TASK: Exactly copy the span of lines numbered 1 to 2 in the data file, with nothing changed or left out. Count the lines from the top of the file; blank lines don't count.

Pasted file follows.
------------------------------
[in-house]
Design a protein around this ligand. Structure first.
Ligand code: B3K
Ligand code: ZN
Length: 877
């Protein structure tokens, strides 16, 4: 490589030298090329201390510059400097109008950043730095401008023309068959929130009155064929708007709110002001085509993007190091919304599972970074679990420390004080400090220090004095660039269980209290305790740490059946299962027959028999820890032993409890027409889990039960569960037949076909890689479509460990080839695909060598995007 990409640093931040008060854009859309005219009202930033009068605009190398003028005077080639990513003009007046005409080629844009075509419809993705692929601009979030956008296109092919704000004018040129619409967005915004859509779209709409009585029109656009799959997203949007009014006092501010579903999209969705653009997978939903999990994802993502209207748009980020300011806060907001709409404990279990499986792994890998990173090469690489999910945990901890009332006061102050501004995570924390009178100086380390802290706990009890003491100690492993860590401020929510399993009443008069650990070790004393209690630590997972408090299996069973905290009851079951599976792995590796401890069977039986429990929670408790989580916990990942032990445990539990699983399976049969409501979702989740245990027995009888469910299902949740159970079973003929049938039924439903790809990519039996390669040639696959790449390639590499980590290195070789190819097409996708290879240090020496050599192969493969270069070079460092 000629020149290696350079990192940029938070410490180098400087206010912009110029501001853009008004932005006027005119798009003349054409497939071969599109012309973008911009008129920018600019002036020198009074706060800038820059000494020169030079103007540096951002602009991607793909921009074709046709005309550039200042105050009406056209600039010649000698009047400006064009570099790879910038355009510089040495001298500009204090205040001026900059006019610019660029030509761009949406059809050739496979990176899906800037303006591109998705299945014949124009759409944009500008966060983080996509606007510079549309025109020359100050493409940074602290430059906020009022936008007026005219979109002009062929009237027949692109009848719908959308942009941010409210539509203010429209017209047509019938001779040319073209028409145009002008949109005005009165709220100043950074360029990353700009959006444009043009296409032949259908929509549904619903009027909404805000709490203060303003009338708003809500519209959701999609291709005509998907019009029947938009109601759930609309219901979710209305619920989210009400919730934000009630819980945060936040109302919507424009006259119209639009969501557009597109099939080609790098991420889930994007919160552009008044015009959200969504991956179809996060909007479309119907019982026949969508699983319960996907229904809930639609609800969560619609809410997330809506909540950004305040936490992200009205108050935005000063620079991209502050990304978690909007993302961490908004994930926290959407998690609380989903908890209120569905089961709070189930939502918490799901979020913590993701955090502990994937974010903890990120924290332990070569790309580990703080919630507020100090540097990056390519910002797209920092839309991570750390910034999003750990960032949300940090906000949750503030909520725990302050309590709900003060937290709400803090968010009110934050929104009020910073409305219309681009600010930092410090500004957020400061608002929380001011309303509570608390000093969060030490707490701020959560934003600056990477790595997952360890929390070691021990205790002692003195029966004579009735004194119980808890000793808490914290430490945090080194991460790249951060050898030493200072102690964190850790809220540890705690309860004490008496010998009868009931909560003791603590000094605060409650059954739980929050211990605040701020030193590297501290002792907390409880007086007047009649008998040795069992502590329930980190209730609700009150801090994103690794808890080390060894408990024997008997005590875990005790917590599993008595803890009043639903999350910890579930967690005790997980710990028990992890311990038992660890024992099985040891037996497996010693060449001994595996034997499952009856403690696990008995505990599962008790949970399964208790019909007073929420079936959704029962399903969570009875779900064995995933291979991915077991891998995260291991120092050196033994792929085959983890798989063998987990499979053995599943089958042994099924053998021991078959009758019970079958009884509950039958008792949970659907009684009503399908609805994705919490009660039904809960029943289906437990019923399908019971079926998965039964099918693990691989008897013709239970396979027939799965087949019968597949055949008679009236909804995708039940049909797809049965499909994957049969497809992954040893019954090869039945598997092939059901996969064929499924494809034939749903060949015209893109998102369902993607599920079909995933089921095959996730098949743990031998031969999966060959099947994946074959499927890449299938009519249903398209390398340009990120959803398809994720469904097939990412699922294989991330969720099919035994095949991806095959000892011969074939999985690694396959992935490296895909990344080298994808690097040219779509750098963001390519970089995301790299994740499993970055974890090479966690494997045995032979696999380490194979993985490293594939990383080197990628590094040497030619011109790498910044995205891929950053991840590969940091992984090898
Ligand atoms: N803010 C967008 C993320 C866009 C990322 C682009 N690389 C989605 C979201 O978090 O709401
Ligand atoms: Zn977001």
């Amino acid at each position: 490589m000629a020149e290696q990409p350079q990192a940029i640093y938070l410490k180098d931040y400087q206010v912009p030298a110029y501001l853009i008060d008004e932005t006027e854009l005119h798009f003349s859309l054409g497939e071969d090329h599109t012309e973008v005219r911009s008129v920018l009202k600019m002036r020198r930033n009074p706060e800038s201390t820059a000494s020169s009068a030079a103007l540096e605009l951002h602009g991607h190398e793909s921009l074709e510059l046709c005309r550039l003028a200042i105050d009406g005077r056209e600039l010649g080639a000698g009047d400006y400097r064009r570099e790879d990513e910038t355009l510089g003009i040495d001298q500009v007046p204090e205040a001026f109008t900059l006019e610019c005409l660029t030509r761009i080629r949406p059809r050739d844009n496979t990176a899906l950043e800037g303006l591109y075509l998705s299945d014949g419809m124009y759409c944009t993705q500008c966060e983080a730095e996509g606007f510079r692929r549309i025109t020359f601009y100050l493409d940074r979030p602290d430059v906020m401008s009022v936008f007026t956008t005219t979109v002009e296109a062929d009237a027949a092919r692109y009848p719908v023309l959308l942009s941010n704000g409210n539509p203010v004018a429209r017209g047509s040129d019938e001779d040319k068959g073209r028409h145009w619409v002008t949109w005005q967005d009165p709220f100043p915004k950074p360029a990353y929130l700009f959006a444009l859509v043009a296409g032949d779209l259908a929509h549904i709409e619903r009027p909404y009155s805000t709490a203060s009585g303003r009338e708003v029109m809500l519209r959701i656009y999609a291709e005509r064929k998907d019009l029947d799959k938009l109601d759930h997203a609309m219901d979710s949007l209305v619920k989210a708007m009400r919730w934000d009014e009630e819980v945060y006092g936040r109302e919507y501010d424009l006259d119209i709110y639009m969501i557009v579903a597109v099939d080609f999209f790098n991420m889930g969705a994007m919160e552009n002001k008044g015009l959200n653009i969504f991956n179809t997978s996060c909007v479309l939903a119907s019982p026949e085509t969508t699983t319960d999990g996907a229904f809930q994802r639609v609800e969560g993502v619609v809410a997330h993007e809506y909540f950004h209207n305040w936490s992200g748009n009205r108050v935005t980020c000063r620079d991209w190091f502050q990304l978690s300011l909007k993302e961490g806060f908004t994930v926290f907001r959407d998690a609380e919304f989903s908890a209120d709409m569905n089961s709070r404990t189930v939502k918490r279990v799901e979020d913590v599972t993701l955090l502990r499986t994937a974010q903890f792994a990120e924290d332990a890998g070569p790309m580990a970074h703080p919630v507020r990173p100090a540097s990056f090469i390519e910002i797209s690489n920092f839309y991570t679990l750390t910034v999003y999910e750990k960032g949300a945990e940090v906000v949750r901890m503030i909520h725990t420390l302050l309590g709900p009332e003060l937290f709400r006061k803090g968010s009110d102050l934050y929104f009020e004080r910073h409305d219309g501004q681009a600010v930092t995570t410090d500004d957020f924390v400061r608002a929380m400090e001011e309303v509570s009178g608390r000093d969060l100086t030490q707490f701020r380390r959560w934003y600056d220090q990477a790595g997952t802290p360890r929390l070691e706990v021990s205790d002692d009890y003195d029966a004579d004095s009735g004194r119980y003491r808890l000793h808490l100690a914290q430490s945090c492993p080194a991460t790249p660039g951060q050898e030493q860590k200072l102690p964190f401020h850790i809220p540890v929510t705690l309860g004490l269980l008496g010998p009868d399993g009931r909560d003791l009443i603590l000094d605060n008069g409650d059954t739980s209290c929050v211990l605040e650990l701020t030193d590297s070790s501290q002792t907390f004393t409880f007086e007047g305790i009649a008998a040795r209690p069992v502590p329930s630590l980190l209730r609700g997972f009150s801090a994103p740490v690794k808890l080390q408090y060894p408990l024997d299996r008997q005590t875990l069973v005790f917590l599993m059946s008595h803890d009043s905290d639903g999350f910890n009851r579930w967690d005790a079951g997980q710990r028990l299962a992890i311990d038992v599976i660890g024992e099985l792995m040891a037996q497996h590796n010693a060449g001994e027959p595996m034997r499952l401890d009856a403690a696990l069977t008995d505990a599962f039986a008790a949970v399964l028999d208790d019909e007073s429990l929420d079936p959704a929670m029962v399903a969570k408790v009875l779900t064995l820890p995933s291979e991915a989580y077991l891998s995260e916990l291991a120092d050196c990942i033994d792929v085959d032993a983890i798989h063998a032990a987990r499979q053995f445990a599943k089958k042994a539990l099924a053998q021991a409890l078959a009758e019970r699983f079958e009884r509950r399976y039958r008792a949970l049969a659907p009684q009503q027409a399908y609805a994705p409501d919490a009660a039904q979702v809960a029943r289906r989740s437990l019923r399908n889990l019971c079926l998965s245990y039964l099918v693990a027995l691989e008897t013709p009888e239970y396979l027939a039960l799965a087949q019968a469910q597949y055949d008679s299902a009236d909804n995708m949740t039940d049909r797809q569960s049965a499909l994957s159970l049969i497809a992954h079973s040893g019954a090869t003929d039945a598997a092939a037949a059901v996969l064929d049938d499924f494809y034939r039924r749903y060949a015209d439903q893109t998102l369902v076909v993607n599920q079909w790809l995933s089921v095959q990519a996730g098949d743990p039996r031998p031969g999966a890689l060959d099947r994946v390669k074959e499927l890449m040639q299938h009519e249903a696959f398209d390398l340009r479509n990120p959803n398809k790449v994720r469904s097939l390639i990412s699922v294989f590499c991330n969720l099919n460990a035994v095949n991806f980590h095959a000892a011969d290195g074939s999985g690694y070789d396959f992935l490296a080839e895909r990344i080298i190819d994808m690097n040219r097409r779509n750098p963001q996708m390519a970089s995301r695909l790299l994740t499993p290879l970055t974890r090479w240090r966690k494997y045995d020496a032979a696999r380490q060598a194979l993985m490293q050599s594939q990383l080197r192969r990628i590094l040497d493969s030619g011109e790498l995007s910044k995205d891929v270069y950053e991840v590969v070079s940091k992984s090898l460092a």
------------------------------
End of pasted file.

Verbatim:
[in-house]
Design a protein around this ligand. Structure first.